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Capital One's new signup bonus surpasses Chase's Sapphire cards

Ethan Wolff-Mann
Senior Writer
The logo and ticker for Capital One are displayed on a screen on the floor of the New York Stock Exchange (NYSE) in New York, U.S., May 21, 2018. REUTERS/Brendan McDermid

The community on the internet known as “churners,” people who look to take advantage of favorable credit card signup bonuses, celebrated this week as Capital One (COF) dramatically improved its Venture credit card, putting a value of over $750 on the bonus points alone.

Among the most important updates: a waived annual fee for the first year, and a boost of 25,000 points, putting the total bonus at 75,000 points for those who spend $5,000 over the first three months.

For years, Chase (JPM) has been the leader in doling out high bonuses to attract credit card customers, with the Chase Sapphire Reserve’s 100,000-point bonus setting a new tone for churners and others looking to gain an advantage through credit card optimization.

Since the Sapphire Reserve emerged in 2016 with that enormous bonus — it was knocked down to 50,000 — Barclays and others have attempted to figure out how to compete. Given the enormous amount of capital required to offer these significant bonuses, many banks have shied away from going big.

Not Capital One, however, which is dangling a carrot worth $750 to a demographic that may want to eat it.

“This is a really attractive signup bonus,” said CreditCard.com’s Ted Rossman, in a statement. “75,000 miles equal a $750 statement credit, which is astounding for a credit card with no annual fee in year one and just $95 after that.”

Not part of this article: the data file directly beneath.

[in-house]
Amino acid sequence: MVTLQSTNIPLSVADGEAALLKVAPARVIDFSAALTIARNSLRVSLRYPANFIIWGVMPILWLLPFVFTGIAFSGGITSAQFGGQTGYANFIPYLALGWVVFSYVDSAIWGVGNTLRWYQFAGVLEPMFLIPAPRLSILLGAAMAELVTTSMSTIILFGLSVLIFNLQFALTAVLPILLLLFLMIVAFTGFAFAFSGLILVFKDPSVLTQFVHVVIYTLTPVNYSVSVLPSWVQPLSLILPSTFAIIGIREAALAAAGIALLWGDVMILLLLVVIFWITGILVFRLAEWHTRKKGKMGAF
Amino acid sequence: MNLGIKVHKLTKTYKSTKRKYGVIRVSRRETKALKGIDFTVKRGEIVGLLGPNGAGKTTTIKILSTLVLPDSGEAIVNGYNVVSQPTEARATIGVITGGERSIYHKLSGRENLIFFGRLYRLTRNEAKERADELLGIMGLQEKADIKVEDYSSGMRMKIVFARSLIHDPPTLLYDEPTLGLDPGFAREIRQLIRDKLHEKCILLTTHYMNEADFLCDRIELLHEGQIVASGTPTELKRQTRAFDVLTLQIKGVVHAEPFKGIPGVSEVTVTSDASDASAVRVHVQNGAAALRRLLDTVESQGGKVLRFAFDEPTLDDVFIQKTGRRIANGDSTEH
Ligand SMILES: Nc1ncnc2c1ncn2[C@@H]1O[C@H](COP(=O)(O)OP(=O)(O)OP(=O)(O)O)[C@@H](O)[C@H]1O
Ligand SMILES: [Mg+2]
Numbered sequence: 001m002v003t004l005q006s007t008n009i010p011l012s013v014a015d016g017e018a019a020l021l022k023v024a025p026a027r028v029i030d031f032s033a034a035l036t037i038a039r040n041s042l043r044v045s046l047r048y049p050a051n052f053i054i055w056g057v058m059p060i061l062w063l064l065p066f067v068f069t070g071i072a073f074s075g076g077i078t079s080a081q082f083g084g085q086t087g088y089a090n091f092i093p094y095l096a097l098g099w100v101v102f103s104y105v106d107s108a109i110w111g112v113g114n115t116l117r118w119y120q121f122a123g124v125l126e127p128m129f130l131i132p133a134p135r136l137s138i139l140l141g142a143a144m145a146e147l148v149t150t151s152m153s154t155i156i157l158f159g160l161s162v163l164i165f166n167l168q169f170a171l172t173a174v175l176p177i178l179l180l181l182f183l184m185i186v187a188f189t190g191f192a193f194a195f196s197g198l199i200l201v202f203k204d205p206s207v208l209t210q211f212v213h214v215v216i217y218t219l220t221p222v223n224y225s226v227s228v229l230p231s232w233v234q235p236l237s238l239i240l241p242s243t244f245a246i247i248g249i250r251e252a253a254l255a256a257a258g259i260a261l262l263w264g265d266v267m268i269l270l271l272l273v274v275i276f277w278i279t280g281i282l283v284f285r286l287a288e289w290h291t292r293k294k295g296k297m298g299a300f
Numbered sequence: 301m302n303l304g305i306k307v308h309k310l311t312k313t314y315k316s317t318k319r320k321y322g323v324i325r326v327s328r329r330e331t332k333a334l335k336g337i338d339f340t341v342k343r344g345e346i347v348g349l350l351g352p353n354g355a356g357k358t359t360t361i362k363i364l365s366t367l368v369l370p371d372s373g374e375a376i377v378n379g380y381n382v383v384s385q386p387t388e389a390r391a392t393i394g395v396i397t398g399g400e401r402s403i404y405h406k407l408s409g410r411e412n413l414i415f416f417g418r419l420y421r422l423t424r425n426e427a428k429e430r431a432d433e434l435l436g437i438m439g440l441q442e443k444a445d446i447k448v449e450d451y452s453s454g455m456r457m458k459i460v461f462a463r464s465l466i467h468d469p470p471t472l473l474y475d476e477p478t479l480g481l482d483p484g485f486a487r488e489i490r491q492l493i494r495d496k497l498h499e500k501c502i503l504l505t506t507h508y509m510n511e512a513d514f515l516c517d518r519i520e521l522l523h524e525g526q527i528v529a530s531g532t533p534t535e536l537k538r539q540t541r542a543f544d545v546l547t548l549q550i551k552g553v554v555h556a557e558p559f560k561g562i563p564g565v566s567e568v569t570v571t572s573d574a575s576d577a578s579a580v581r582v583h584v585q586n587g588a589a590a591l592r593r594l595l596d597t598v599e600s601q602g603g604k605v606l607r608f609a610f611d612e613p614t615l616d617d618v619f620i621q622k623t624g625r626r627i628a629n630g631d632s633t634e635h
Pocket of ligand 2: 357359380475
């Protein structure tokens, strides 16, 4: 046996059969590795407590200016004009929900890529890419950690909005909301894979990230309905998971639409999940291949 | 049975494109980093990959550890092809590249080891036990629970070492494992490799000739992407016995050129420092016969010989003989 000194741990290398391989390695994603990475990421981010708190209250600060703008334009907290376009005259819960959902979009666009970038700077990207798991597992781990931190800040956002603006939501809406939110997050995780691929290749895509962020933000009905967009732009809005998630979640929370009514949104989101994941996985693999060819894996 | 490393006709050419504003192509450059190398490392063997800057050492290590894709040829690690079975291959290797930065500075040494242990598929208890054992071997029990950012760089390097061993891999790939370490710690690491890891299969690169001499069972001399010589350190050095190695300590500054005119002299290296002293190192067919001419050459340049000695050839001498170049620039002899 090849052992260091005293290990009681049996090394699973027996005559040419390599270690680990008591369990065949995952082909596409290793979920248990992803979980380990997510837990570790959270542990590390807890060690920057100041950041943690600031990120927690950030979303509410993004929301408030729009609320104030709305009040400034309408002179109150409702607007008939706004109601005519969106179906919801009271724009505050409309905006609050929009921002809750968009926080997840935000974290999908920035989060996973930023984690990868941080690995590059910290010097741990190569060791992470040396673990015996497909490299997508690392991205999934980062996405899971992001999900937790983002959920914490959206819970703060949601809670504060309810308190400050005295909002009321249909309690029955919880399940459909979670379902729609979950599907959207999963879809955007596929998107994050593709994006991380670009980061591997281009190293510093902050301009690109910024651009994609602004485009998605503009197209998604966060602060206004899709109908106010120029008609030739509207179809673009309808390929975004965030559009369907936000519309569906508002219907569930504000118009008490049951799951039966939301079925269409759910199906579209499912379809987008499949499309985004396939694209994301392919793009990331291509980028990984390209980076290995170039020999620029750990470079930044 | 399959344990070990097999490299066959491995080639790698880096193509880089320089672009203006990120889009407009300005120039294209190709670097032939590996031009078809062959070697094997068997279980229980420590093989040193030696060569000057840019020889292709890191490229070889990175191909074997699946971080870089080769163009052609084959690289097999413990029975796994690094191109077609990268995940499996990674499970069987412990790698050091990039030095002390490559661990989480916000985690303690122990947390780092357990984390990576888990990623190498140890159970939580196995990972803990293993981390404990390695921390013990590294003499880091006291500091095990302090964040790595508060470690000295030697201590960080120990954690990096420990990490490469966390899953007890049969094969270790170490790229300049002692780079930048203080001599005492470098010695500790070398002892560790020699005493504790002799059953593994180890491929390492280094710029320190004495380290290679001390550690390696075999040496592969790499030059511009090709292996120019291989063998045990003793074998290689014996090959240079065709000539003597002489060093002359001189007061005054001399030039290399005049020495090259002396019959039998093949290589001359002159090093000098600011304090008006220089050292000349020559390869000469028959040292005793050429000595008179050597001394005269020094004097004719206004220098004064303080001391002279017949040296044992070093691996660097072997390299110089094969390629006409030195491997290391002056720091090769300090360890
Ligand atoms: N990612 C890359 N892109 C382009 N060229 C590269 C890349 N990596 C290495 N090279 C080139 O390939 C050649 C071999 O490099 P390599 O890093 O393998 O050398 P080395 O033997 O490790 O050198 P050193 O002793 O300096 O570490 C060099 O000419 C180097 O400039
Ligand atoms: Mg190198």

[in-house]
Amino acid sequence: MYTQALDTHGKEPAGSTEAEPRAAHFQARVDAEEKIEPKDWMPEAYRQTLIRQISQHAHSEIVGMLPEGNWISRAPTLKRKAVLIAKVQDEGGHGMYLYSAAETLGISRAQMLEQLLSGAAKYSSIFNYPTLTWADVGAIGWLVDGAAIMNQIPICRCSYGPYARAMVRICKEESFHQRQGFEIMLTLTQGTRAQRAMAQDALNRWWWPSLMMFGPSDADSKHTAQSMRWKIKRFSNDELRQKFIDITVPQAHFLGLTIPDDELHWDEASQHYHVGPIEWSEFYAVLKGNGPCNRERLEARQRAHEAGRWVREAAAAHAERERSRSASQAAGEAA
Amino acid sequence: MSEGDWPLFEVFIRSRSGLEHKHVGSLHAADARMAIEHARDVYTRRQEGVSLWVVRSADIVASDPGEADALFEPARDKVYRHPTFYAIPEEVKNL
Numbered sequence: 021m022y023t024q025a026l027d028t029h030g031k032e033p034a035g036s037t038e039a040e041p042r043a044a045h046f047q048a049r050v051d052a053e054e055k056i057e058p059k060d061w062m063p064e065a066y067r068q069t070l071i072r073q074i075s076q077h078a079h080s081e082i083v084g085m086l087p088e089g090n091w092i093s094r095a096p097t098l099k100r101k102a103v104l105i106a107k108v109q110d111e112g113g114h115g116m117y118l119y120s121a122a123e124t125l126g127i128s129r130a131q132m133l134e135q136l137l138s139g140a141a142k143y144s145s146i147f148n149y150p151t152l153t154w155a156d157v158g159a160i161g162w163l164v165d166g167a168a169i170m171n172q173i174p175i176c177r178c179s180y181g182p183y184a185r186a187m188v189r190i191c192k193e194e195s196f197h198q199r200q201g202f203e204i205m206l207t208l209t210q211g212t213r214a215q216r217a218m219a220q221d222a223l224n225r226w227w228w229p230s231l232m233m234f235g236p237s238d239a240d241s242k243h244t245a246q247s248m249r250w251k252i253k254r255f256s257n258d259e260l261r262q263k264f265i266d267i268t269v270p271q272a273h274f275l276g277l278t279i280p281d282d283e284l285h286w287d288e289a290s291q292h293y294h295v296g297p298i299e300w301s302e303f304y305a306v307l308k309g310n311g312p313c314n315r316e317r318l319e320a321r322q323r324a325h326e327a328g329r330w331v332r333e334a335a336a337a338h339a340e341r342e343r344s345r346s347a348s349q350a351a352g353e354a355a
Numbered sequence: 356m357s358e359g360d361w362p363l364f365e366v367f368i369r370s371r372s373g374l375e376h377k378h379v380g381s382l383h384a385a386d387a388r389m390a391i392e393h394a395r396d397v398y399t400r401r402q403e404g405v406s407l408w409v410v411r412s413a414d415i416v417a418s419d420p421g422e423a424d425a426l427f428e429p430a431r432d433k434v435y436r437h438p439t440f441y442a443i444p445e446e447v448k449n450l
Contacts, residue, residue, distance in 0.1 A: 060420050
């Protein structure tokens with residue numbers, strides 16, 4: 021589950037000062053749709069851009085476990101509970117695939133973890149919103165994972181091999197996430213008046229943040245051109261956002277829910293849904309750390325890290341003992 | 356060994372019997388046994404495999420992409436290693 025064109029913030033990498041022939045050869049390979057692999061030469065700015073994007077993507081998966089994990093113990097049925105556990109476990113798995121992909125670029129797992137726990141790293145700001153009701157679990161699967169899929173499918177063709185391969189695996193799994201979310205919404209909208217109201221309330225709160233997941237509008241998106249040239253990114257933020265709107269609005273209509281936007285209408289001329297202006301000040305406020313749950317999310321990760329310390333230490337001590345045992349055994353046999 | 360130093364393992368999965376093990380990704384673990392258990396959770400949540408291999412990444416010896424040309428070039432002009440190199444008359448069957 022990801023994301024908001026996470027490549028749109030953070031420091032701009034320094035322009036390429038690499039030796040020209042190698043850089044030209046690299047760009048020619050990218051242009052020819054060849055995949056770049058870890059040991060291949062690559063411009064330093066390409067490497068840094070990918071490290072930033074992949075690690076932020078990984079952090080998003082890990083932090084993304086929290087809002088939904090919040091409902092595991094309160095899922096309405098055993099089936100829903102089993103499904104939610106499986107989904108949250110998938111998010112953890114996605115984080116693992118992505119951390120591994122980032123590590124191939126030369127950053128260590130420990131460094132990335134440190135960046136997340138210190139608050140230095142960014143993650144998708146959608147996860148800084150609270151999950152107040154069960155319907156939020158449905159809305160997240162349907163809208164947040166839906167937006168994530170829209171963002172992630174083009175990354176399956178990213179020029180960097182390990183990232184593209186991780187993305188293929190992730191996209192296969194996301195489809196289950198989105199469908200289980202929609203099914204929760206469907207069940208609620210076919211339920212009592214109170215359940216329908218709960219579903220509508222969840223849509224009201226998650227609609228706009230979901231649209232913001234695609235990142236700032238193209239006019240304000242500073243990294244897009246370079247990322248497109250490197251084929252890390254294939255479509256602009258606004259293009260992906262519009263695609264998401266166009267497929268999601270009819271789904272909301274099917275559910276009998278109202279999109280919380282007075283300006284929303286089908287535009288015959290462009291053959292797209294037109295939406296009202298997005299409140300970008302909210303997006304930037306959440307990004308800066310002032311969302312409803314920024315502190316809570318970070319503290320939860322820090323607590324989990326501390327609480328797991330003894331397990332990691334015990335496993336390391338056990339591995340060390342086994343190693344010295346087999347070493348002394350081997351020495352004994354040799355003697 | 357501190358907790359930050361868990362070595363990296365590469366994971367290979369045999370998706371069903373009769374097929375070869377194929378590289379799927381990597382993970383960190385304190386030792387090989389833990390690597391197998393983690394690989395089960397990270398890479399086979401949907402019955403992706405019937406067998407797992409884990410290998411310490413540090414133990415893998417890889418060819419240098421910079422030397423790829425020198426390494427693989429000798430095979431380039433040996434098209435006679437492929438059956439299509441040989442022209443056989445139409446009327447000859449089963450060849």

Many people assume the bonus will drop back down to 50,000 from 75,000, but Capital One has not yet indicated an expiration date for the promotion.

The card is worth even more than that figure, which is just the point value if redeemed on travel. The card comes with a $100 credit to cover TSA Pre Check or Global Entry memberships, no foreign transaction fees, and other elite credit card benefits like travel insurance. The points are also transferrable to 12 airline partners, though Rossman indicated that cardholders could probably extract more value by using points in the traditional way, canceling out travel purchases, and not by transferring miles.

In comparison to Chase’s offerings, which remain king on forums for churners and travelers, Rossman isn’t quite as impressed when it comes to the non-bonus aspects, meaning this card may end up, for that community at least, downgraded to a free version and a drawer.

Ethan Wolff-Mann is a writer at Yahoo Finance focusing on consumer issues, retail, personal finance, and more. Follow him on Twitter @ewolffmann.